Blackburn and Gossett are also starting the season in the minors – that leaves Alcantara and Triggs to round out the rotation at the start of the season. Triggs is a sidearmer, which is cool. Even cooler is how he absolutely dominated in a short stint in triple-A before the A’s brought him up and he posted some really nice peripherals like 8.79 strikeouts and 2.08 walks per nine innings. He was a waiver wire claim in 2016 and had mostly been a reliever. Once the A’s brought him up and used him in the rotation out of necessity of the injury variety, he was a revelation. Triggs absolutely deserves a shot to hold a rotation spot even though he isn’t a flame-thrower. Like Graveman, Triggs throws a sinker to induce grounders which will come in really handy once the A’s develop a good infield defense. In the meantime, he doesn’t give up walks, he manages to get strikeouts, and he suppressed home runs in the high minors. With a rotation in flux including a plethora of injuries, that kind of profile will afford Triggs the opportunity to prove that he is worth a rotation spot even after his injured rotation mates return from the DL. So that is four-fifths of the rotation, but what of that last spot?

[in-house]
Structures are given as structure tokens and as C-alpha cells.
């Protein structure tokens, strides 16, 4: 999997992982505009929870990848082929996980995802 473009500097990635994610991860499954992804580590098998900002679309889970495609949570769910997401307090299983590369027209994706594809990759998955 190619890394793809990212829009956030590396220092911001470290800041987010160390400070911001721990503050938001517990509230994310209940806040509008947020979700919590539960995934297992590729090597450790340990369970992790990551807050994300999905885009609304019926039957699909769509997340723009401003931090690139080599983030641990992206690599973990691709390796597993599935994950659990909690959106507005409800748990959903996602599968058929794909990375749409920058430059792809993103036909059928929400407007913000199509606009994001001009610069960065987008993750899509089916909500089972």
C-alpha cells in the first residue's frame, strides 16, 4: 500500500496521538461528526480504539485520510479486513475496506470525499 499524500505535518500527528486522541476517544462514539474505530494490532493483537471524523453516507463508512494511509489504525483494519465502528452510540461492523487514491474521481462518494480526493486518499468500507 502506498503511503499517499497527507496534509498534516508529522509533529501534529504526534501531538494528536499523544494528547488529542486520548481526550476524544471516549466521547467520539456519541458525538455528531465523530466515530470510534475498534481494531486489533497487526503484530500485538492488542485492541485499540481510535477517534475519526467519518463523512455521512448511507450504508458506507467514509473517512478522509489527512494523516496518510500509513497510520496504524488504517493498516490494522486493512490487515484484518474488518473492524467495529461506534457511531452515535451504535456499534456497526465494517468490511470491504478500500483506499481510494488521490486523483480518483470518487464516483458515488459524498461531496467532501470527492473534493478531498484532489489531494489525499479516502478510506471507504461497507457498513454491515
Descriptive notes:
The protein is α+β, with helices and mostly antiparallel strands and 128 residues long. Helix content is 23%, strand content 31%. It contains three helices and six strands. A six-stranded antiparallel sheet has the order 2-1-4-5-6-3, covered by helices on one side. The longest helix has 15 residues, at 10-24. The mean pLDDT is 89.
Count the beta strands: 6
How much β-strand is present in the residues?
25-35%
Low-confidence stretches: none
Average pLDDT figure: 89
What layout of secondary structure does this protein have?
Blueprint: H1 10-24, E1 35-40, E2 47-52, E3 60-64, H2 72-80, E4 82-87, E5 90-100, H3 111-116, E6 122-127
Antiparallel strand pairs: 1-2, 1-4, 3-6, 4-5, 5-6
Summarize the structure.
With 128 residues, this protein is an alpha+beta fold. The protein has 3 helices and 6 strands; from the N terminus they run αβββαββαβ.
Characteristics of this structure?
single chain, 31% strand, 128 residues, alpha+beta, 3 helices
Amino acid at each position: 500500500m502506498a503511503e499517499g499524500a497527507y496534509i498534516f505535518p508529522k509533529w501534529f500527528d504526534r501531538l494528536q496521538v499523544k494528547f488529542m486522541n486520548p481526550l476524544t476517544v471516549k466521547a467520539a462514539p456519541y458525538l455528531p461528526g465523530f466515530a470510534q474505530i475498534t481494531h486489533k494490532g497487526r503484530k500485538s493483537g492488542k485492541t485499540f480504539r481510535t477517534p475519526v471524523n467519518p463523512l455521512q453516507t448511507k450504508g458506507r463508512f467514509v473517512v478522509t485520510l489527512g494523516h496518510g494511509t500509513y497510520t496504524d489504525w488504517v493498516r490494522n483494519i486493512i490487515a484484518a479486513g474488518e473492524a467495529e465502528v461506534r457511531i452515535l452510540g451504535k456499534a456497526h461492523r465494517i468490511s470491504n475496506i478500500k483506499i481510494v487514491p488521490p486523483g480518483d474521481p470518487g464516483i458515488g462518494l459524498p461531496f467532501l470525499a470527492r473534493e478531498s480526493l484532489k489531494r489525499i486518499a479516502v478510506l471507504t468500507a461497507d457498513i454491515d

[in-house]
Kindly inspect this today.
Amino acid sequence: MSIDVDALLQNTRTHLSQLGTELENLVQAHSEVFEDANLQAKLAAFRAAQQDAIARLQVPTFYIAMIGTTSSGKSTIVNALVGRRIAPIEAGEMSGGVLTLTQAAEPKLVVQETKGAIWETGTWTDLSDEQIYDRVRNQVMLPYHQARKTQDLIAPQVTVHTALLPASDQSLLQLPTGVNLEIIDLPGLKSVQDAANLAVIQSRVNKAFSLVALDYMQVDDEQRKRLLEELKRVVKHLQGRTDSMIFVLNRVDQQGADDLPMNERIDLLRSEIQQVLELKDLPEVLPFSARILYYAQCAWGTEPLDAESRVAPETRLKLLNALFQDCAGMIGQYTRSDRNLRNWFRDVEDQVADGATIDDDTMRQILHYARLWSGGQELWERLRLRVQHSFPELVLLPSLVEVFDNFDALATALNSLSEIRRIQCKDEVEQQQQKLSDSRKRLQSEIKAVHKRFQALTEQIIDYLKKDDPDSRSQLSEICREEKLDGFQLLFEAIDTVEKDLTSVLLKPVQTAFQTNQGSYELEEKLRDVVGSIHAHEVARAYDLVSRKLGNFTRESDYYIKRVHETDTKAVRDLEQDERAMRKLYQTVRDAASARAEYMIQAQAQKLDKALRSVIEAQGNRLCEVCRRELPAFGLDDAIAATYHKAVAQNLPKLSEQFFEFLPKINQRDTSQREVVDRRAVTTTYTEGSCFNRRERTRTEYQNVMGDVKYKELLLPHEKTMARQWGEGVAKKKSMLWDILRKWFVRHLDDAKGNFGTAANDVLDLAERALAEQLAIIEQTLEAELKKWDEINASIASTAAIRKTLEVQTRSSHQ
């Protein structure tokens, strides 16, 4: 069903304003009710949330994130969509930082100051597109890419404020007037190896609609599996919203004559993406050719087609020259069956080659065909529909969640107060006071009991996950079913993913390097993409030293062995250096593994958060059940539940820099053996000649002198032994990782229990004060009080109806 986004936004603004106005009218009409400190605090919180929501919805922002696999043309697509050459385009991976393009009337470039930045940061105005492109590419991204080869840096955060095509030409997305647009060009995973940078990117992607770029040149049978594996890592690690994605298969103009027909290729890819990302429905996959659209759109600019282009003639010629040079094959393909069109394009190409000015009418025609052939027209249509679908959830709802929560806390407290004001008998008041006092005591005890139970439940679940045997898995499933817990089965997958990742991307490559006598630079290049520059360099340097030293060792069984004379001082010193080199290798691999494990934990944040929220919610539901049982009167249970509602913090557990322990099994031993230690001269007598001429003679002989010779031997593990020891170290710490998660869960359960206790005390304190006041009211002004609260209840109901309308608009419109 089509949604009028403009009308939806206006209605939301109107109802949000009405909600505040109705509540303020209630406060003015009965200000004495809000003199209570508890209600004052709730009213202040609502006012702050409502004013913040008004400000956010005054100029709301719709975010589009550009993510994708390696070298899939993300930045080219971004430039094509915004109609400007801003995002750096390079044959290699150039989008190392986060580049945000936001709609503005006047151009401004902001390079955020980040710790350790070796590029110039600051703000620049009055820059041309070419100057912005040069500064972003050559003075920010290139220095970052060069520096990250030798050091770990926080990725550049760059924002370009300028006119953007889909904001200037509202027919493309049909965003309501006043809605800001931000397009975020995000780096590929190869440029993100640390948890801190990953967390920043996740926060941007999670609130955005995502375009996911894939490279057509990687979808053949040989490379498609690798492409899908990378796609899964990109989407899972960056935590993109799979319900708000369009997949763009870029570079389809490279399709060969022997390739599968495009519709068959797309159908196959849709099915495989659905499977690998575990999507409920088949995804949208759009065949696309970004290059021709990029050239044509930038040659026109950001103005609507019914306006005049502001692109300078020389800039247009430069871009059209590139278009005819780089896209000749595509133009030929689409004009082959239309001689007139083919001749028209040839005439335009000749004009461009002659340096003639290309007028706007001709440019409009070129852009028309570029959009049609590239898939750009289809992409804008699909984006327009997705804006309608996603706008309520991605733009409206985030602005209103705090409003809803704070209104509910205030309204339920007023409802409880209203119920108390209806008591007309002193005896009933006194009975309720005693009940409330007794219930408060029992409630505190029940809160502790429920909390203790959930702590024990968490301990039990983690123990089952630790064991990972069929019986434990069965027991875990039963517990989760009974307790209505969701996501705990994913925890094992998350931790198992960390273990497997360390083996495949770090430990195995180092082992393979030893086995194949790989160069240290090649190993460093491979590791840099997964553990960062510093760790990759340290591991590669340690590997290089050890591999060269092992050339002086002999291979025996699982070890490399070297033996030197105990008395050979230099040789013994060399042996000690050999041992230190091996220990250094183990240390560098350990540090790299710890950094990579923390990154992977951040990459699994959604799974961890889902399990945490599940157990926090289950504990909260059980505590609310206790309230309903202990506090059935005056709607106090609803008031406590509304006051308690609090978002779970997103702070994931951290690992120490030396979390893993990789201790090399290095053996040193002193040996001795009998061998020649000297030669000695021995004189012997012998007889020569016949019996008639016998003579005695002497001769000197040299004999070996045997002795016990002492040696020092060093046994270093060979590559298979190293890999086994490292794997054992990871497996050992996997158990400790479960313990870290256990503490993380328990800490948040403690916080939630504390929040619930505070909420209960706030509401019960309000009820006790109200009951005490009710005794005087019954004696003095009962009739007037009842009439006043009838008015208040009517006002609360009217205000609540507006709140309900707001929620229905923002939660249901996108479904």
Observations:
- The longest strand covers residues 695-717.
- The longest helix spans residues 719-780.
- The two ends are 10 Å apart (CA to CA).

Raul Alcantara looks the part of a major league rotation stalwart with his mid-nineties heat and his 6’4 frame, and his numbers made it look like he was ready when he dominated over eight triple-A starts. But the 24 year old completely fell apart once he reached the majors where he gave up nine home runs in 22 innings over five starts. When your ERA starts with a “7” there is no need to look at the other digits (or let you pitch again). But Alcantara is young and the A’s need starters so he gets another shot to show that he belongs. Alcantara has shown that he can rack up strikeouts and limit free passes in the minors so there is a real chance that he could break out this year with his raw stuff and control. With three starting pitchers shelved for now, he will get at least a few starts to show that he is not the guy who put the ball on a tee last year and more the guy who scared the holy hell out of triple-A hitters.